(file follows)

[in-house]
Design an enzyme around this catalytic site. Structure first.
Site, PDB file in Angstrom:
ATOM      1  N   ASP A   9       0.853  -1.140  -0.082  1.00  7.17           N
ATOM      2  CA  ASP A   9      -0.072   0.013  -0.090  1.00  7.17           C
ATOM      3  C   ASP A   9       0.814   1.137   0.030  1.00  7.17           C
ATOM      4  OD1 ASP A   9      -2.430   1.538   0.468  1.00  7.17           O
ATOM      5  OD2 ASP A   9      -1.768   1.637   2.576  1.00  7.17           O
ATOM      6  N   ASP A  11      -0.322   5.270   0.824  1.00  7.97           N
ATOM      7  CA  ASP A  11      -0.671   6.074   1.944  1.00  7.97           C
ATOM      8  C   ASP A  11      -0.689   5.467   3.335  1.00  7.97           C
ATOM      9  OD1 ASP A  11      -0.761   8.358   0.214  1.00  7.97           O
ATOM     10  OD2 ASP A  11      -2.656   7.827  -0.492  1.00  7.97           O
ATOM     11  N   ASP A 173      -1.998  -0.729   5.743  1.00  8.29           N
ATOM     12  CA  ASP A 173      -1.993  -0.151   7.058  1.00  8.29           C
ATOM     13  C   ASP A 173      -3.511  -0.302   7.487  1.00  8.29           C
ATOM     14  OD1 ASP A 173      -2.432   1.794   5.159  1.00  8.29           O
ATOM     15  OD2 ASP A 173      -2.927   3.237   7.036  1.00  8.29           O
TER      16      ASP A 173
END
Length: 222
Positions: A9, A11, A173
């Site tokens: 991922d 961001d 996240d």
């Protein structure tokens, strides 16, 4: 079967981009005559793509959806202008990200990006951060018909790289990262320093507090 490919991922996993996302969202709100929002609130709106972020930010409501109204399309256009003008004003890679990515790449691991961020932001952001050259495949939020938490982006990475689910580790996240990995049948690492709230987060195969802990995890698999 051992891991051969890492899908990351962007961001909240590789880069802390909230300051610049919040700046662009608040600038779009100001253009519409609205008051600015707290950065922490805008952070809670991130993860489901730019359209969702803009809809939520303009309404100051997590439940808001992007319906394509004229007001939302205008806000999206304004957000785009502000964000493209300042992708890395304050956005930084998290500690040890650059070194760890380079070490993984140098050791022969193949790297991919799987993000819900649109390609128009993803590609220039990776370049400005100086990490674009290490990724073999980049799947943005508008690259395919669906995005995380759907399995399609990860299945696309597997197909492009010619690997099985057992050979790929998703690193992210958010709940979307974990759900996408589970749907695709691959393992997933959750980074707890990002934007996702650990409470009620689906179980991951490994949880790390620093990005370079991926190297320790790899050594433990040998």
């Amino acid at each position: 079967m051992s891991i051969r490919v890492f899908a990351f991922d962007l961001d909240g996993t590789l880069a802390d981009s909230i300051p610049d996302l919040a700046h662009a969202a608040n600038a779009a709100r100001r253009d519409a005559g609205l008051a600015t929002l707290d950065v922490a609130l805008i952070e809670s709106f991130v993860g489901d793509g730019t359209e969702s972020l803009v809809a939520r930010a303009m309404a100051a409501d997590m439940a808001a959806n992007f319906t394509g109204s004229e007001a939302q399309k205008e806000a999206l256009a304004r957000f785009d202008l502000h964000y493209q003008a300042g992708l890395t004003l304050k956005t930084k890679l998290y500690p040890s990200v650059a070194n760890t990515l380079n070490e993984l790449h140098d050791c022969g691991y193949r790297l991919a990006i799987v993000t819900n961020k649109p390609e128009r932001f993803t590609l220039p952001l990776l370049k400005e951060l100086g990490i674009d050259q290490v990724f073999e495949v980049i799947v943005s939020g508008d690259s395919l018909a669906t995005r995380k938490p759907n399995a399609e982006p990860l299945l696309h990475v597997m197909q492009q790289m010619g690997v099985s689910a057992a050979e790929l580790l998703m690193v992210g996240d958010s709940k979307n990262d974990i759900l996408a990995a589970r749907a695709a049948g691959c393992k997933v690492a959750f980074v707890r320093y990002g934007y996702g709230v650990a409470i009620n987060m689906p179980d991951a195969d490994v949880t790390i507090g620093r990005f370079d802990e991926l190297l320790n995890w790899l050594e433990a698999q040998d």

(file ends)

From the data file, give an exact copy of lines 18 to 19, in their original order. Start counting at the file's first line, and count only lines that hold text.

ATOM     15  OD2 ASP A 173      -2.927   3.237   7.036  1.00  8.29           O
TER      16      ASP A 173